Also I was starting to realize that I was a bit of a loner. Very independent. Highly self-sufficient. Eminently qualified at entertaining myself. Emotionally mature to the point of virtually never needing emotional support---often, instead, supplying it to others. Often my married friends express jealousy at my independence, my freedom, my fully evolved mancave.

I’ve sometimes said that not getting married allowed me to become self-sufficient to the point where I’m not motivated by NEEDS. It seems a lot of people get into trouble when they get into relationships/marriages to satisfy needs. We see this all the time, don’t we? They need someone to protect them, provide for them, give them companionship, encourage and motivate them, cook for them, etc. If you don’t NEED stuff like that, then your only motivation to be in a relationship is DESIRE. You simply WANT to be with that person all the time. Sounds pretty romantic, right? I sometimes even convinced myself that I was MORE romantic than others, because when I did find “the one”, my motivations would be entirely love and lust and connection and chemistry---not need.

But now I’m thinking that this very passive position of skeptically waiting to be surprised by an overwhelming romance is not really “agnostic”---it’s positively atheist. I just don’t personally believe in romance. And although it runs completely opposite to the vast majority of society, surely that’s okay, right?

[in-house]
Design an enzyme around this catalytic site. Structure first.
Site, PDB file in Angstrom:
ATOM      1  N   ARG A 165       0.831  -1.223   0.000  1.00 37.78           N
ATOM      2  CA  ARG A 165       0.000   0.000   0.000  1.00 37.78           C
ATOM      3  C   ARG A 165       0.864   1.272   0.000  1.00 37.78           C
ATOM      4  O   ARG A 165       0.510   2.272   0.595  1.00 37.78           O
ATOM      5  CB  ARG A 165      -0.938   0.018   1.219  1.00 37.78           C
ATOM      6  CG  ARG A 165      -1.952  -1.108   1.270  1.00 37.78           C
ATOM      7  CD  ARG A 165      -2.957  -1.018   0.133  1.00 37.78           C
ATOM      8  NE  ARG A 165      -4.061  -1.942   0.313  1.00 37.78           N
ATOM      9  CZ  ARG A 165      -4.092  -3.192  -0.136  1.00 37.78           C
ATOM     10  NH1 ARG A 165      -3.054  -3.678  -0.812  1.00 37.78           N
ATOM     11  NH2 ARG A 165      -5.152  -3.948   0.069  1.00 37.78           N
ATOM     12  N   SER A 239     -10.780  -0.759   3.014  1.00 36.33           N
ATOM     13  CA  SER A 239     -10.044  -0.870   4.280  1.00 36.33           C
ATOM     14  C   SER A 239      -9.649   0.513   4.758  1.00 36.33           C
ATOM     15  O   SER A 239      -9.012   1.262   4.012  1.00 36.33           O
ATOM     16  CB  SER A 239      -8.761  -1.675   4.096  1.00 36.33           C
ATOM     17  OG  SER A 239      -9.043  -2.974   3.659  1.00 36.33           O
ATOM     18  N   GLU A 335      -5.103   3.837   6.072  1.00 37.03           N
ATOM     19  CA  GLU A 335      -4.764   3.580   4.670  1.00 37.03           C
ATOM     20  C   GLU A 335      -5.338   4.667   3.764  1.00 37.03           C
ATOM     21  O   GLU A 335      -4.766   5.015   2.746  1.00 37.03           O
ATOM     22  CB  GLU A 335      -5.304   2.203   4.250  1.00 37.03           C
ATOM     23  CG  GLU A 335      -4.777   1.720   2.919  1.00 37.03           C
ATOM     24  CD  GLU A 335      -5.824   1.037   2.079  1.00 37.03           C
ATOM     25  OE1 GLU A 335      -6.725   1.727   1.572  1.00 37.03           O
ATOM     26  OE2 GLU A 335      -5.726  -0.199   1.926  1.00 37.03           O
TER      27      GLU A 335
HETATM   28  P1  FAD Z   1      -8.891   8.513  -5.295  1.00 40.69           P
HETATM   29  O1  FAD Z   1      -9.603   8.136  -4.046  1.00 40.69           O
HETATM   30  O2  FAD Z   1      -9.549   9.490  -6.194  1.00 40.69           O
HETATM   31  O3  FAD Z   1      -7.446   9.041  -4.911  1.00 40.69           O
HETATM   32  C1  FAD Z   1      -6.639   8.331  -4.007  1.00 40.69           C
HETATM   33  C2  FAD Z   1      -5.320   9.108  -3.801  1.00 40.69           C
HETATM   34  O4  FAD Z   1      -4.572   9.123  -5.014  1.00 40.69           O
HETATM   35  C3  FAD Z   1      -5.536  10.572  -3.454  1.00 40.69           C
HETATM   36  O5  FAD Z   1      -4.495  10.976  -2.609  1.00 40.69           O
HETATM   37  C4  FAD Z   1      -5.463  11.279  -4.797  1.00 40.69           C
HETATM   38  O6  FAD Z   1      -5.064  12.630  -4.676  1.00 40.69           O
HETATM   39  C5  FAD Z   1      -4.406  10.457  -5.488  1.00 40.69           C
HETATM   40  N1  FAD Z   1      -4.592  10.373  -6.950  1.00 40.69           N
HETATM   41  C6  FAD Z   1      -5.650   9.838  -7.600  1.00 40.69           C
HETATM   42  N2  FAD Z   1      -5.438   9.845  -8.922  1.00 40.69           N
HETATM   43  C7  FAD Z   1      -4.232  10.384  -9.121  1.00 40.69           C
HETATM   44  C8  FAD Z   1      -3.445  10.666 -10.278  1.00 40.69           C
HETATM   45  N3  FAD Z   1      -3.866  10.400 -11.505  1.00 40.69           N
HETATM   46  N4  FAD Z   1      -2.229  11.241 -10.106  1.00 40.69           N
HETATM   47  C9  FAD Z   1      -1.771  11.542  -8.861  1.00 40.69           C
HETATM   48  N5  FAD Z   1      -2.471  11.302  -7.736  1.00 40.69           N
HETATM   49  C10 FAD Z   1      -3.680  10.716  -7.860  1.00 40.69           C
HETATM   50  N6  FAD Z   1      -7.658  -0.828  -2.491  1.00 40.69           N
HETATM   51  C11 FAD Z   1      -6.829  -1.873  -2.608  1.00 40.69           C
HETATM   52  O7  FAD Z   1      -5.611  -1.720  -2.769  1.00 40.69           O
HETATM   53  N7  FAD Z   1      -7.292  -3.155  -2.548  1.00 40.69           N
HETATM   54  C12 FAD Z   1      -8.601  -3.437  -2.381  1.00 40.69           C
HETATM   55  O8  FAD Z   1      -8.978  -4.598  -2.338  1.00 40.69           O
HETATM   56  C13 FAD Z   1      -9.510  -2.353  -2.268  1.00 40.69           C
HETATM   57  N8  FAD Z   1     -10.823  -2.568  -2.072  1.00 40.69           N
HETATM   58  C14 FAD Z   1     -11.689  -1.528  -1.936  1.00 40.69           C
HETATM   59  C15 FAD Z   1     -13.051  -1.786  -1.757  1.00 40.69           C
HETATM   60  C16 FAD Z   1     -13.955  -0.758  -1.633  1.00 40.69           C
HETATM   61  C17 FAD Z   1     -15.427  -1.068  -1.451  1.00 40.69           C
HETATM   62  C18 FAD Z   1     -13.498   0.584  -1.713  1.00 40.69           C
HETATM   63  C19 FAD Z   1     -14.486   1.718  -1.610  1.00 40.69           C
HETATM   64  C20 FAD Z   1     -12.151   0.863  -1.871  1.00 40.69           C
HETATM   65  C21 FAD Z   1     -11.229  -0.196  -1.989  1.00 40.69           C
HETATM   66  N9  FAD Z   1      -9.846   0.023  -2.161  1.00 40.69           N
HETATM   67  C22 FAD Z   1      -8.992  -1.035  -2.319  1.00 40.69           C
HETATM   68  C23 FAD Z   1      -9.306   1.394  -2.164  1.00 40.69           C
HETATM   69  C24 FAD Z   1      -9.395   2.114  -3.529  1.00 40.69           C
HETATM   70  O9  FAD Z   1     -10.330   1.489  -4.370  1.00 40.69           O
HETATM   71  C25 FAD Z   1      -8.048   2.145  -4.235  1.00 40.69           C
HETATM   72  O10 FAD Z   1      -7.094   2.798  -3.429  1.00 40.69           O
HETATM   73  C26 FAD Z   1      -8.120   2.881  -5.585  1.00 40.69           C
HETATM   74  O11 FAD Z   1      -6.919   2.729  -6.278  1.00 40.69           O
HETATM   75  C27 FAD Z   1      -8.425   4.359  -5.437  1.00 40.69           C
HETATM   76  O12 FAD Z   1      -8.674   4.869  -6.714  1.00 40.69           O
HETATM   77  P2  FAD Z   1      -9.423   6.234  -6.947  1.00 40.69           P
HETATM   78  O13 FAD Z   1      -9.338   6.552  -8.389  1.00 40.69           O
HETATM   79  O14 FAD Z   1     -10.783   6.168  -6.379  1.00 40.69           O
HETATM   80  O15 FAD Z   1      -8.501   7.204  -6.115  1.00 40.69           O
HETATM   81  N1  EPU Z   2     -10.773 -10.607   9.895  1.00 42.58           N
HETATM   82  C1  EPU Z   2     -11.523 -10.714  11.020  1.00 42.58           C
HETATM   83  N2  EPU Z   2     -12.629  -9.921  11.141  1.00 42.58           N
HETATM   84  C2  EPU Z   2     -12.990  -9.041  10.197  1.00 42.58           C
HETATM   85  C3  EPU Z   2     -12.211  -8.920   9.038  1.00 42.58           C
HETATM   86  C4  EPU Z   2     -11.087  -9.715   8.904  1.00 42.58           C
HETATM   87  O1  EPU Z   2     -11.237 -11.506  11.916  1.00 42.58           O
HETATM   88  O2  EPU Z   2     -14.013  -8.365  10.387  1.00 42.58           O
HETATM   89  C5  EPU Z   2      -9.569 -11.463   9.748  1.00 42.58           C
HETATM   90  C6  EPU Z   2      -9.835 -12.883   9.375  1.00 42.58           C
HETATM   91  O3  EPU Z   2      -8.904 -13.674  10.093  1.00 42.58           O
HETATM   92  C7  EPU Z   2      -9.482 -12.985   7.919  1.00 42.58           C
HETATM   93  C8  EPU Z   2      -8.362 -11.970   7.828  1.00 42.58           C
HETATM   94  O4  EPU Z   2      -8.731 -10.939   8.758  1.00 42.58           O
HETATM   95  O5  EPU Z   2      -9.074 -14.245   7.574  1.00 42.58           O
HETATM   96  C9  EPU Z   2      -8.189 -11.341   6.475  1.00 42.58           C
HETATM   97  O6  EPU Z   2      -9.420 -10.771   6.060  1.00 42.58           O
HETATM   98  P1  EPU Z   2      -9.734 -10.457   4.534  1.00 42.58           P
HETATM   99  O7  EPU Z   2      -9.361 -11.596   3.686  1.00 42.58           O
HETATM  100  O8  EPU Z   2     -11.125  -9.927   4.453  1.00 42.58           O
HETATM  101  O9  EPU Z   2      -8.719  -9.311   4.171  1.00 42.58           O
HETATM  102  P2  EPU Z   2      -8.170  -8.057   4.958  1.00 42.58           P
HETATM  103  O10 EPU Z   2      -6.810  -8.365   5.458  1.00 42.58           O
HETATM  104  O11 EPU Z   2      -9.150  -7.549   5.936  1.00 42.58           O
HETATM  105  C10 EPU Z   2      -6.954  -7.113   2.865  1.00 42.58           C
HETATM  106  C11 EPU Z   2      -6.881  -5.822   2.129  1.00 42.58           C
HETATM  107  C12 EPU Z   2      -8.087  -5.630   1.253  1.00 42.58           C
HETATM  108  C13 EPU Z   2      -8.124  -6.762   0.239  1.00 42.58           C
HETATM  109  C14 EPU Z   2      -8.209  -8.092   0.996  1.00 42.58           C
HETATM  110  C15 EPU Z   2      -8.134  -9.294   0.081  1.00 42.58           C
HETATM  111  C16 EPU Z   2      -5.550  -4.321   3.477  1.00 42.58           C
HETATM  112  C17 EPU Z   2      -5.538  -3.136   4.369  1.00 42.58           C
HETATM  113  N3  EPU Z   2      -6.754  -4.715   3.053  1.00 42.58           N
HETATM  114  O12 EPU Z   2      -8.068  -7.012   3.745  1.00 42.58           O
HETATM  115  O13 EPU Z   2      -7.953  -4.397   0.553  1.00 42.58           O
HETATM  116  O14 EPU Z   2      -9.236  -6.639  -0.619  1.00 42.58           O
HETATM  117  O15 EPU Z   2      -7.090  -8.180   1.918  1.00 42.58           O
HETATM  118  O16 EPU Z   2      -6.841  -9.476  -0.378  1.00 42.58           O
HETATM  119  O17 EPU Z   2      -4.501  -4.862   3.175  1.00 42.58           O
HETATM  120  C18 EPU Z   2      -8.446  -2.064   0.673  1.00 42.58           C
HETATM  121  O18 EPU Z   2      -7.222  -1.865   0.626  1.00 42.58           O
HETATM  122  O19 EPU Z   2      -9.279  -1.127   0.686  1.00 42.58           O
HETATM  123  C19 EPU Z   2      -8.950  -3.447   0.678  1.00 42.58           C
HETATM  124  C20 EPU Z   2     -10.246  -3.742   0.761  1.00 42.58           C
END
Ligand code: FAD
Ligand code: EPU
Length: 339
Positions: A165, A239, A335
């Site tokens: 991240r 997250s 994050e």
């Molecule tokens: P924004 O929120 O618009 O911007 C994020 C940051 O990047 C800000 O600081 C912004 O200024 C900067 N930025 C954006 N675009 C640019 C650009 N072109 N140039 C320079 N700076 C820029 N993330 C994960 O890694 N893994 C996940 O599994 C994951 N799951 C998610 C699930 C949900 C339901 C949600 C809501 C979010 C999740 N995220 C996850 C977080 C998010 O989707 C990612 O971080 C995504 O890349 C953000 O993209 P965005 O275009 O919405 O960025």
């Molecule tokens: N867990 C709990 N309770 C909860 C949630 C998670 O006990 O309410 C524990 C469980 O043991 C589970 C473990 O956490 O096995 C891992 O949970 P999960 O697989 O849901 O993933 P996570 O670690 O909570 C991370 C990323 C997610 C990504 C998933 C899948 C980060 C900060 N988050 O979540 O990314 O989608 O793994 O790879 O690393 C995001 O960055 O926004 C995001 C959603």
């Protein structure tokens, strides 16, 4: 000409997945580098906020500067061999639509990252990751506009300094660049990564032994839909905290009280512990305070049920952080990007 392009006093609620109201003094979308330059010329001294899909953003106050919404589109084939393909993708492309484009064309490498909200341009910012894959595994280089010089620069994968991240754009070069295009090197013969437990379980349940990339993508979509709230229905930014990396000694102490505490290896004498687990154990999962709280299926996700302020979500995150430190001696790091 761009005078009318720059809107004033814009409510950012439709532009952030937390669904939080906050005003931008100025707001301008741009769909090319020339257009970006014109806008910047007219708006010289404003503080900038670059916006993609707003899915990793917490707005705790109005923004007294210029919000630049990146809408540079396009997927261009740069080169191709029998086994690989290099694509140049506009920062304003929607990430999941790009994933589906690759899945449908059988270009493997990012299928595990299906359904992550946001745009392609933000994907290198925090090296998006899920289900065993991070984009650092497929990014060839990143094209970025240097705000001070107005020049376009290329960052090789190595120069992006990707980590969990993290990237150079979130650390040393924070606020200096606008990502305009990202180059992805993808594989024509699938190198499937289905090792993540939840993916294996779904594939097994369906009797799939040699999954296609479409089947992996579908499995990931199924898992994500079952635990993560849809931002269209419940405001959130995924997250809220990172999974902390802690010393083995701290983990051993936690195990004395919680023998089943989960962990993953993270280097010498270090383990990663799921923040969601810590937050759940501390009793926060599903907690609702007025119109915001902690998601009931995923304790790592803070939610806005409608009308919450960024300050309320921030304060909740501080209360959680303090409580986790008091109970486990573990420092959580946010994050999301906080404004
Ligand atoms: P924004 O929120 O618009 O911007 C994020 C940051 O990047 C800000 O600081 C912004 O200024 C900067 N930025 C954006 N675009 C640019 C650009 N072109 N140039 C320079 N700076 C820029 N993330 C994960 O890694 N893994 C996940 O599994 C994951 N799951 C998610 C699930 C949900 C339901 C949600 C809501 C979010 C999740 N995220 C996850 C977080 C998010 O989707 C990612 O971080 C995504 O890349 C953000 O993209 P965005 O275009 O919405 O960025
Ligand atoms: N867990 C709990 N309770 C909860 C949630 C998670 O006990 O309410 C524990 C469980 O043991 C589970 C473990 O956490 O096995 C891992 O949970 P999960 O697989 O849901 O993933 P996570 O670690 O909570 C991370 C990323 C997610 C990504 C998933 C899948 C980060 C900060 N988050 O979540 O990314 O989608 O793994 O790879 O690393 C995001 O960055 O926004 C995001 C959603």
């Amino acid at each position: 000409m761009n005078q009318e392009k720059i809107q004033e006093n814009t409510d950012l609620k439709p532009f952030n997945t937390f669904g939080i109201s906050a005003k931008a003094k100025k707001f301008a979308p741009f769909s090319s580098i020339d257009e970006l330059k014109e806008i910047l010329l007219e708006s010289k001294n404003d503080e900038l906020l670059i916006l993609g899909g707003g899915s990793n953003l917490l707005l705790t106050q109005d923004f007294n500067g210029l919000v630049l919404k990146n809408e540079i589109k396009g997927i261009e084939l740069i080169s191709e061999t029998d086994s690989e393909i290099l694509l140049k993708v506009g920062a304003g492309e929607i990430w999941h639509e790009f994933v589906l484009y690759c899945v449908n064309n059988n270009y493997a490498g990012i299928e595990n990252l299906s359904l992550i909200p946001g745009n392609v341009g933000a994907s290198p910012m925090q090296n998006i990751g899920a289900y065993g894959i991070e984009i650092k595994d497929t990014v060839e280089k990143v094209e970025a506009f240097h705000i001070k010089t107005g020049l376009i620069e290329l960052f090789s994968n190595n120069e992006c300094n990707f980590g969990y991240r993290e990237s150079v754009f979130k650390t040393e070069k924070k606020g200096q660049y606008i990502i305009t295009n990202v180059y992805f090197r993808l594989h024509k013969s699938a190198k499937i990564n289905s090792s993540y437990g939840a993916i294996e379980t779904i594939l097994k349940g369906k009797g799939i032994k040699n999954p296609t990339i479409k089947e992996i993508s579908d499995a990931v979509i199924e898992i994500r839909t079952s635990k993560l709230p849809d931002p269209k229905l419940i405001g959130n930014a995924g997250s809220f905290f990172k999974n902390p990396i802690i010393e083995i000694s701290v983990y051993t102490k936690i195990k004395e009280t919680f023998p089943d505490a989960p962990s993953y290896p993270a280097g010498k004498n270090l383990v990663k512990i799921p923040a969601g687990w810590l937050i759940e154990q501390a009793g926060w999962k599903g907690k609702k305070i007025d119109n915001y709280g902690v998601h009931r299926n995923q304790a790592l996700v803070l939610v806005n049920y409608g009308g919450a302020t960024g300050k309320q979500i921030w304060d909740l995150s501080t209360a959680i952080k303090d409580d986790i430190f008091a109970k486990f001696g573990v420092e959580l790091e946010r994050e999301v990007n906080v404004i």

Happily, I was brought up with a healthy self-esteem and I can’t say I’ve lost any sleep over all of this. Which may be why it took me 50 years to get to this place. I don’t mind being “different”, nor do I intend to crusade. For me it’s just an interesting and probably important moment of self-discovery. Being a thinking person, I find this stuff fascinating. And, it’s wonderful to find a community of people I can talk openly and anonymously about this with! So thank you for being here.

That’s my aromantic story. Nice to meet you all. Let’s not fall in love! ?

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Hey there!

I'm in a situation really different than yours. Maybe what I can say about my personal experience isn't exactly relevant to you.

That said, I think it's ok if you want to identify as "aromantic" or "on the aromantic spectrum". You're not hurting anyone by doing that. It's just a label that you can put on if you want to. The founder of AVEN, who, yes, I know is a problematic guy, at least had it right when he said labels are tools, in my opinion. Use them if they fix or better something, like your self-worth or you validation or how you like to express yourself, and put them down if they are making the situation worse or feel clunky. If calling yourself aro or aro-spec feels like a way of validating the way you do your relationships, go for it. If it feels limiting, you shouldn't feel any pressure to use it as a label.

Whatever you decide to do, we're glad you're here and even if you decide you aren't aro spec and therefore aren't part of this community, we're glad Arocalypse was here for you and could help you figure it out.